Midwifery 2020: what's new?

on 12 October 2010 Midwives Magazine Midwifery

Midwifery 2020 contains few new messages, but this is one of its strengths, as it shows the profession is already getting it right, reports Julie Griffiths.

The report Midwifery 2020 – Delivering expectations, which was launched in Edinburgh in September, sets out a vision of how midwives can meet the needs of service users in the future. 

But the report is a paradox. On the one hand, it is unique because it is the result of a UK-wide collaboration commissioned by the four chief nursing officers. In a devolved health economy, such a partnership approach by the four home nations is unusual.   

NMC chief executive and registrar Professor Dickon Weir-Hughes says this makes it impressive work: ‘This heralds a really exciting piece of consistency.’

On the other hand, the resulting report features few new messages on how midwives can best contribute to the health of women, their partners and babies. RCM general secretary Cathy Warwick admits many midwives might read the report and ask: what’s new?

But this is one of its great strengths, she says. It shows that the profession is already getting it right. What is needed now is more of the same and ensuring that the good practice outlined in the report is embedded in services. 

But meeting the needs of future service users is not without its challenges, as the report acknowledges.

One obstacle is an ageing workforce that is already predominantly part-time. Research carried out by Midwifery 2020 found that 40% to 45% of practising midwives will reach the current retirement age in the next ten years.  

Cathy hopes it may be possible for the four nations to join forces to plan the future workforce.

‘This year, Scotland found they had too many midwives... It paid for more than was actually needed. If you look at it on a UK-wide basis, then we may be able to iron out the peaks and troughs,’ she says.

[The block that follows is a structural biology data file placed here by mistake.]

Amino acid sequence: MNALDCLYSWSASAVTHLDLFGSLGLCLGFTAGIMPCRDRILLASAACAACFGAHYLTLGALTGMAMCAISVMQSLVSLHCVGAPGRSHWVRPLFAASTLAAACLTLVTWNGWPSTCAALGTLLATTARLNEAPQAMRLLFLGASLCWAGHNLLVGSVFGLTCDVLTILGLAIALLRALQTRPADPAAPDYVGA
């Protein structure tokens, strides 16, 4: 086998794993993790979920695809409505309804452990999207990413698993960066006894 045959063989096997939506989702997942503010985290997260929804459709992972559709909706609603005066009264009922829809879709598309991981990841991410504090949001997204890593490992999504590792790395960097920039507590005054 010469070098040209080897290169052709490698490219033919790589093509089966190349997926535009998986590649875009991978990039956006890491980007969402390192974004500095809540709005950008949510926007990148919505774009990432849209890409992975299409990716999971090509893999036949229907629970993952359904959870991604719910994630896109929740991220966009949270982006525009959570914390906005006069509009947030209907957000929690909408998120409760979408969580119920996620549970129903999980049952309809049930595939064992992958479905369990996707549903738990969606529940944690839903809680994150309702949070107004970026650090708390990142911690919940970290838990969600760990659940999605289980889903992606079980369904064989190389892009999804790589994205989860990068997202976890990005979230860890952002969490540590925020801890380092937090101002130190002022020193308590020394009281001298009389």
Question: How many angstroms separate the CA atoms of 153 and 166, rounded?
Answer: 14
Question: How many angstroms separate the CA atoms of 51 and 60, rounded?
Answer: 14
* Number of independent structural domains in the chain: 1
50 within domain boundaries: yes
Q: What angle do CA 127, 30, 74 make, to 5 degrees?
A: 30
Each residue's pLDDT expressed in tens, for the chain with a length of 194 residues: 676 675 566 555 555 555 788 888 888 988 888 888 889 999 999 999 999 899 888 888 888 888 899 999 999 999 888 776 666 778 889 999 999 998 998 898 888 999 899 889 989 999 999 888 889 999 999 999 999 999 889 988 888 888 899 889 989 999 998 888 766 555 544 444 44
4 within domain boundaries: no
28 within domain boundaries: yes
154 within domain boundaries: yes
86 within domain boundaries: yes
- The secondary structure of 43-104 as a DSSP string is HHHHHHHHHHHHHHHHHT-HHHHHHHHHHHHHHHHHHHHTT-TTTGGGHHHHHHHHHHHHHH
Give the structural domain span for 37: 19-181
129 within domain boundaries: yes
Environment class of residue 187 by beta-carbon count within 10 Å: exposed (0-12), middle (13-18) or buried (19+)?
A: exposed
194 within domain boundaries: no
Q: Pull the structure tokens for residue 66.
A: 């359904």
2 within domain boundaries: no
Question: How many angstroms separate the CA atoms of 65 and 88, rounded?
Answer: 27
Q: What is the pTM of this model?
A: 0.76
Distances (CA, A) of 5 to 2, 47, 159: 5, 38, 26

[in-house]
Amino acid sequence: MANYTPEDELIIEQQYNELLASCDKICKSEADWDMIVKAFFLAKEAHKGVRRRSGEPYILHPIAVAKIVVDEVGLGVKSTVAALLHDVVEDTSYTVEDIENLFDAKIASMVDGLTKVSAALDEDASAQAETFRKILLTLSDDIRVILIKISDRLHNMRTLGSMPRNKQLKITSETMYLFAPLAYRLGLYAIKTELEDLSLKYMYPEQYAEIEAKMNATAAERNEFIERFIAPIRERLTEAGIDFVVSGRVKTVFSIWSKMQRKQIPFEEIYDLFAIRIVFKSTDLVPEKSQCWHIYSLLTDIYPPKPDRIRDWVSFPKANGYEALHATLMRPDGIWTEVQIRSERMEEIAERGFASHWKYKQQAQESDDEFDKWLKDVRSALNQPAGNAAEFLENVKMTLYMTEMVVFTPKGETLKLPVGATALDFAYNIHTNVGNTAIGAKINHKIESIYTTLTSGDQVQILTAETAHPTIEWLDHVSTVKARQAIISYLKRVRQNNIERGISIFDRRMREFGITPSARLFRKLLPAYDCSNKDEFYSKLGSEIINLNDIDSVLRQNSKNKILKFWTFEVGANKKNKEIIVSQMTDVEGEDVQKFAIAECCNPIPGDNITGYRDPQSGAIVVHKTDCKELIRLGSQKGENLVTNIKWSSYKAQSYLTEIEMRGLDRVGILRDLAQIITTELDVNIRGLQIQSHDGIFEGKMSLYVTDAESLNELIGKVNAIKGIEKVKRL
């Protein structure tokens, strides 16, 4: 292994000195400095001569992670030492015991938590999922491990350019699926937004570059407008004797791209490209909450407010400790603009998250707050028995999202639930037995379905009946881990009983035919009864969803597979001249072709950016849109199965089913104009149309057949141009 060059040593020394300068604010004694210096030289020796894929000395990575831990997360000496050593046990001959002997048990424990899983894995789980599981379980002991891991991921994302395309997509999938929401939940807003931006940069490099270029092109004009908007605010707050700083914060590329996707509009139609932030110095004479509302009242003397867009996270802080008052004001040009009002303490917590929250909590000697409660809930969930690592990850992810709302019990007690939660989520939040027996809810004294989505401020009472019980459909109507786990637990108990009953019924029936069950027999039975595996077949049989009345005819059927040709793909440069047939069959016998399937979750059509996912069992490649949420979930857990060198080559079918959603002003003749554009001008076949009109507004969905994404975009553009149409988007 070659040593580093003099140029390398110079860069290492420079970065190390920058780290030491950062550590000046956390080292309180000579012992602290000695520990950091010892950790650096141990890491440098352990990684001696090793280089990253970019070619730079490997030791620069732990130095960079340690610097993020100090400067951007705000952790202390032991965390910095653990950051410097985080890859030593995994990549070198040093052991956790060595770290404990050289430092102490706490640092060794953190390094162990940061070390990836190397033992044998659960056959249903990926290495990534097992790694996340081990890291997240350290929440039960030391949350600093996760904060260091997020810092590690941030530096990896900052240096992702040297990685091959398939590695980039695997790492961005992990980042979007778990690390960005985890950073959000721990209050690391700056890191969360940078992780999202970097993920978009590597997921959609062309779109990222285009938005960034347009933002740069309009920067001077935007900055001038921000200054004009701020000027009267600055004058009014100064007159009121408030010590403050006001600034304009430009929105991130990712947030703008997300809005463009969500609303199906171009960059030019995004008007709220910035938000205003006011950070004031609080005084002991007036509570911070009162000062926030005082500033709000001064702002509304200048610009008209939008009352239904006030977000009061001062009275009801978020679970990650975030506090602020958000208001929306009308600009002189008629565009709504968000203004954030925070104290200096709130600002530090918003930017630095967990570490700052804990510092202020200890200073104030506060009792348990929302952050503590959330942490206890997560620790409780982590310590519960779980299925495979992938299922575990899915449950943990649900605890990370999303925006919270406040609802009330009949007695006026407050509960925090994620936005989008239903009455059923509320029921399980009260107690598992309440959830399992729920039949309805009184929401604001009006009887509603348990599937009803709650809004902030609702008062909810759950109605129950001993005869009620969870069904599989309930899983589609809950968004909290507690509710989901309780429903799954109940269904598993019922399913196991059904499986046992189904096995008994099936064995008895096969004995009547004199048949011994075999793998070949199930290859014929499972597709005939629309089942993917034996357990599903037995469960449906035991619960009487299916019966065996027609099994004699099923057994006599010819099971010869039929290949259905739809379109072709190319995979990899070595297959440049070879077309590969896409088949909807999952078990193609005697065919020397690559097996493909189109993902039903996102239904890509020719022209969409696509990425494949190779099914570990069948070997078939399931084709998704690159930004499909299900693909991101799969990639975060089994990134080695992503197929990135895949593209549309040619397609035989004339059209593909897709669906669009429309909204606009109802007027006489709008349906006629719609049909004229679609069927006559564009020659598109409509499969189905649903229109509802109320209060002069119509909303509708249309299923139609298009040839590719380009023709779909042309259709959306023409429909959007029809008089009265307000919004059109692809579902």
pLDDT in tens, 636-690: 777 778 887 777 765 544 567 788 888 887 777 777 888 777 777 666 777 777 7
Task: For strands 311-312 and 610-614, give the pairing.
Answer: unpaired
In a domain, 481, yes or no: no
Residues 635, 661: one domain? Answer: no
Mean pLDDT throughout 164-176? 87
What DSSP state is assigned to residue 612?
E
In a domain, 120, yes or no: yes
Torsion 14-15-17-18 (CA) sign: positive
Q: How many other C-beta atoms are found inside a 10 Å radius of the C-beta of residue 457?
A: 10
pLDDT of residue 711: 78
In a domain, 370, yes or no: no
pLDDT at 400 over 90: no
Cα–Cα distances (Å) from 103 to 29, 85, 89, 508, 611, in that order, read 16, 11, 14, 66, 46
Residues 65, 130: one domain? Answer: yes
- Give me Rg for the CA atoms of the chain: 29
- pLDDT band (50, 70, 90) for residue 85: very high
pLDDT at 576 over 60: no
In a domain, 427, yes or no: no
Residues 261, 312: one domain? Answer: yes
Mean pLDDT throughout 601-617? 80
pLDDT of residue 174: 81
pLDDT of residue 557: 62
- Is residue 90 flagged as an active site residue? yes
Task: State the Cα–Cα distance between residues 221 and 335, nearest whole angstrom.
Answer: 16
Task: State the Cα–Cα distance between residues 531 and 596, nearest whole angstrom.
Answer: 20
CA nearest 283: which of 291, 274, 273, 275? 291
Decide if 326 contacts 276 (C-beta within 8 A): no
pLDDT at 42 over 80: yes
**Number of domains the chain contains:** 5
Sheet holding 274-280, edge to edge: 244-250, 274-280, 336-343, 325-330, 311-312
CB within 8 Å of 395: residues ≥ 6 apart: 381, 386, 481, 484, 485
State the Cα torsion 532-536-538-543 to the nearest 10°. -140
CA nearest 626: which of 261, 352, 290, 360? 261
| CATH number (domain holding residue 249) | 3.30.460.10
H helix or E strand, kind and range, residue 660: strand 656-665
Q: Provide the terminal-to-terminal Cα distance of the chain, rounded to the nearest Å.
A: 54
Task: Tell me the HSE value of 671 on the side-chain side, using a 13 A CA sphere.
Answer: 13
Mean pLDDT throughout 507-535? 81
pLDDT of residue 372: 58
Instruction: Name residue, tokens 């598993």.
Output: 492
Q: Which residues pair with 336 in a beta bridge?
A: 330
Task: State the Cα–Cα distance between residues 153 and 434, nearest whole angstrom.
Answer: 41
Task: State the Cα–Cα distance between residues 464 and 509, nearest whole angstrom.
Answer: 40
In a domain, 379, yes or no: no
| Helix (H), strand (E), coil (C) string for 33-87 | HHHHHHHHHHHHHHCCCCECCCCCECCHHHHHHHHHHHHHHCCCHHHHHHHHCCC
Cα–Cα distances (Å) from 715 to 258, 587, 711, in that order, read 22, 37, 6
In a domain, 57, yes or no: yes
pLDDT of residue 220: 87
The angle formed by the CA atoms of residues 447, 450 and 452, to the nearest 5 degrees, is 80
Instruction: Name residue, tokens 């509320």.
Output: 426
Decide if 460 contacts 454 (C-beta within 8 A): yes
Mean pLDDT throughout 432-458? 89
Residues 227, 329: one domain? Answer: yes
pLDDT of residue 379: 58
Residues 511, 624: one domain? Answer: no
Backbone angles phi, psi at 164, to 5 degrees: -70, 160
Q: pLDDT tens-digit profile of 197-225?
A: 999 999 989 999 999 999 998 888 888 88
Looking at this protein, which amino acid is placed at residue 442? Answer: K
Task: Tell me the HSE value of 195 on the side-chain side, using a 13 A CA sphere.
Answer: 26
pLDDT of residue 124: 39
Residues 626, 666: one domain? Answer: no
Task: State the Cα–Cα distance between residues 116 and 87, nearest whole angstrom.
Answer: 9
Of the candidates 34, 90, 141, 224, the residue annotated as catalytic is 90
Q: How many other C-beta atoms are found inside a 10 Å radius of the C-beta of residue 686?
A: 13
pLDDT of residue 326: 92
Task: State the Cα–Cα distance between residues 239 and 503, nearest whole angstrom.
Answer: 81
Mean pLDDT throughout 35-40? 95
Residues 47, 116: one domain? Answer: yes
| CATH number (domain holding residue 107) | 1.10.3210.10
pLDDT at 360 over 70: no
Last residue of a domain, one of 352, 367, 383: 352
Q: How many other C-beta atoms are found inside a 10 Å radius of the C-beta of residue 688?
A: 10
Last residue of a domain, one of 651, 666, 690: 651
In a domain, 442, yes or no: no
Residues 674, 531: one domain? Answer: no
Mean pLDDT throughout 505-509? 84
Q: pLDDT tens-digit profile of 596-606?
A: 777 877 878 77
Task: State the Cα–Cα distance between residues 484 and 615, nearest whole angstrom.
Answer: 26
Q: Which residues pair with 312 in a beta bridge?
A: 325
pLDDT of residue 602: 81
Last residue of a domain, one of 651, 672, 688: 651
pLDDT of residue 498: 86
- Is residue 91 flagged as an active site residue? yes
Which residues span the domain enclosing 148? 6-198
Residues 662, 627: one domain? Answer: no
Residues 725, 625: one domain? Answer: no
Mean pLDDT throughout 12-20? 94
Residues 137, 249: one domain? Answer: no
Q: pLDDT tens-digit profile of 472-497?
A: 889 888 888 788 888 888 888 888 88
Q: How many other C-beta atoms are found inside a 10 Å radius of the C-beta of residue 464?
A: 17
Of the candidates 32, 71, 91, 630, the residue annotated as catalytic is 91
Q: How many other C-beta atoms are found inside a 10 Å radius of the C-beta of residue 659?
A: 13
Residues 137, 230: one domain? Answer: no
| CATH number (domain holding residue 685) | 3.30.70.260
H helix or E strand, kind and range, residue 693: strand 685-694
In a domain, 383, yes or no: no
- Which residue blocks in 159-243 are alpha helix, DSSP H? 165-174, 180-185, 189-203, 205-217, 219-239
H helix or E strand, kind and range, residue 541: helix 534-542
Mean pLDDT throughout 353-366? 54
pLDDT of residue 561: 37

The research is also an opportunity to look at the reasons behind some of the workforce trends. For example, part-time working may indicate good work/life balance and could be a 
powerful recruitment and retention tool. But it might also be a consequence of workplace stress or models of care that make midwives feel uncomfortable.

At the heart of the document are women and their families. Meeting women’s needs is the first key message. Researcher and user representative Dr Miranda Dodwell says this is as it should be. 

She was involved in a Midwifery 2020 group that looked at measuring the quality of midwife contribution – another central message in the report. Founder of BirthChoice UK Dr Dodwell says that any measurements must take account of users’ views and experiences as well as outcomes to ensure women are at the centre of maternity services.

It boils down to this, says Dr Dodwell: ‘If women don’t find their care to be a positive experience, then it doesn’t count as quality.’

The aim for midwives is to help a woman feel her birth experience is unique and positive while simultaneously ensuring there is nothing one-off about it; the same person-centred care is given to all.  

Perhaps it is appropriate that Midwifery 2020 is a paradox – sometimes that is what the best maternity care is all about.